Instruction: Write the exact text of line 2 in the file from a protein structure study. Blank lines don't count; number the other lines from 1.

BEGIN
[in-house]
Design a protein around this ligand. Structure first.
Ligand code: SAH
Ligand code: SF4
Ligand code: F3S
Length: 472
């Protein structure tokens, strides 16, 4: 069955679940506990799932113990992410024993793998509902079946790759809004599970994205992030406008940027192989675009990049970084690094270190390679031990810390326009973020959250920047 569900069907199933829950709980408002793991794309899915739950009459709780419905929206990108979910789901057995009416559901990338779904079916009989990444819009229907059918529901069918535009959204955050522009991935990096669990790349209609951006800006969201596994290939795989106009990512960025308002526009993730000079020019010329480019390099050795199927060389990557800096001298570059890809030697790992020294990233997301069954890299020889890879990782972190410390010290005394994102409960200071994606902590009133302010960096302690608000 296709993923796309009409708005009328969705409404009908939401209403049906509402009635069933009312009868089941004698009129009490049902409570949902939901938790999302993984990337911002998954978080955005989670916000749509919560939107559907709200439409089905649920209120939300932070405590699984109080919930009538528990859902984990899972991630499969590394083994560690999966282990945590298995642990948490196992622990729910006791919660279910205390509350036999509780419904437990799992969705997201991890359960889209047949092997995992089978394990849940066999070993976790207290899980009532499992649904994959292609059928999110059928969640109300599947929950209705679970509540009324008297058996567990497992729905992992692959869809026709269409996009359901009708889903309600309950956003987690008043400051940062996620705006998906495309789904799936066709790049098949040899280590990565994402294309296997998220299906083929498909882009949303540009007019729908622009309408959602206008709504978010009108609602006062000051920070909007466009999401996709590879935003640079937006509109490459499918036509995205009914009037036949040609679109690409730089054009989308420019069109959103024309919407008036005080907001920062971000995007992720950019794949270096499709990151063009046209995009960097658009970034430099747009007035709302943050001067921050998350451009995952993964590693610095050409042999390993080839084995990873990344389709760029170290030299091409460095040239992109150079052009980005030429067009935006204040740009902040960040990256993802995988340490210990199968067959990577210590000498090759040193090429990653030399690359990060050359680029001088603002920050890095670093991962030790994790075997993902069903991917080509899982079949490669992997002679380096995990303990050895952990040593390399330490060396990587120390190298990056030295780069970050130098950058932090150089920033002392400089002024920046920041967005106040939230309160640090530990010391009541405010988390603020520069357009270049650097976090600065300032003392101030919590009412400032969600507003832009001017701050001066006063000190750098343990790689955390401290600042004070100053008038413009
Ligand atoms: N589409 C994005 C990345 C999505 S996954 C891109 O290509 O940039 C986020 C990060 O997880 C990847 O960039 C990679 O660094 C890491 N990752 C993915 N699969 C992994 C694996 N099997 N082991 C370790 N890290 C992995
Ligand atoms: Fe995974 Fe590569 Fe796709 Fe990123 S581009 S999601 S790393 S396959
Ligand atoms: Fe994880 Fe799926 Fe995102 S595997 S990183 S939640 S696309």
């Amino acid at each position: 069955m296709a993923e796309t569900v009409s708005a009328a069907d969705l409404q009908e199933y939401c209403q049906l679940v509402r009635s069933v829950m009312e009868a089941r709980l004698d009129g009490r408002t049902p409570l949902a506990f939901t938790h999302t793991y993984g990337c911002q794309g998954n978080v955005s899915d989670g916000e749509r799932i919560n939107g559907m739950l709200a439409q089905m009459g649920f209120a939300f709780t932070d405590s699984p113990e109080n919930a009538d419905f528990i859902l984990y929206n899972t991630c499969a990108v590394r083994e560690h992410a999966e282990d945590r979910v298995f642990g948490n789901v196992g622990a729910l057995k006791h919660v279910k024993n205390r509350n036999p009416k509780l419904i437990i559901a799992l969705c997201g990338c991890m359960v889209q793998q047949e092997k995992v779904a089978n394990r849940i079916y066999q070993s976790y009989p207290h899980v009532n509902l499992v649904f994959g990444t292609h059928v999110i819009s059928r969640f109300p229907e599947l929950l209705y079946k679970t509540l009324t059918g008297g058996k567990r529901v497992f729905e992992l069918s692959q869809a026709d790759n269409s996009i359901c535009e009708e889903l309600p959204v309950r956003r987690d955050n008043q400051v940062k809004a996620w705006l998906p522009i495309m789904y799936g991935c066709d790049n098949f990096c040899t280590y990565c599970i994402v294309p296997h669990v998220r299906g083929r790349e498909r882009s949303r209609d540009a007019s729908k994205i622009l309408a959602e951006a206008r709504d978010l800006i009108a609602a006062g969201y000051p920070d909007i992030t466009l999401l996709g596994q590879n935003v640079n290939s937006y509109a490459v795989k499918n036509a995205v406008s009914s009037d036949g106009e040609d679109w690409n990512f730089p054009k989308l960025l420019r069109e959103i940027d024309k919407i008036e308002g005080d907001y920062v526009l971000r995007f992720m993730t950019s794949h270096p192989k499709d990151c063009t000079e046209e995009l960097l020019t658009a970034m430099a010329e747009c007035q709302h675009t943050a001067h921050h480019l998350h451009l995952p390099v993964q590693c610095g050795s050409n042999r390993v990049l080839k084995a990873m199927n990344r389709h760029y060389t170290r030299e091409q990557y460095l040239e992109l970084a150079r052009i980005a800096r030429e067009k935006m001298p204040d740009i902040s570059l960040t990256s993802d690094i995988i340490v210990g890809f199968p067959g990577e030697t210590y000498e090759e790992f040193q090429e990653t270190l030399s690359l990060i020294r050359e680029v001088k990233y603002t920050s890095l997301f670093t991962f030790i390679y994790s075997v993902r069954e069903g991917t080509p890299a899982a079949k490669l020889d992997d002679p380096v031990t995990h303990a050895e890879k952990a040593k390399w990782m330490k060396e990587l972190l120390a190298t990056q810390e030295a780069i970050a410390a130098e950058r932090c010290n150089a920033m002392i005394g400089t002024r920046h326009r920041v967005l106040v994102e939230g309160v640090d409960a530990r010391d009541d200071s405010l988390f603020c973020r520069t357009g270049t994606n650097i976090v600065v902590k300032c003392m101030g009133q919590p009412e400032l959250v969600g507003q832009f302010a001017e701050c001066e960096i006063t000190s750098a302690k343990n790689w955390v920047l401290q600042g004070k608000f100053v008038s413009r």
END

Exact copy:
Design a protein around this ligand. Structure first.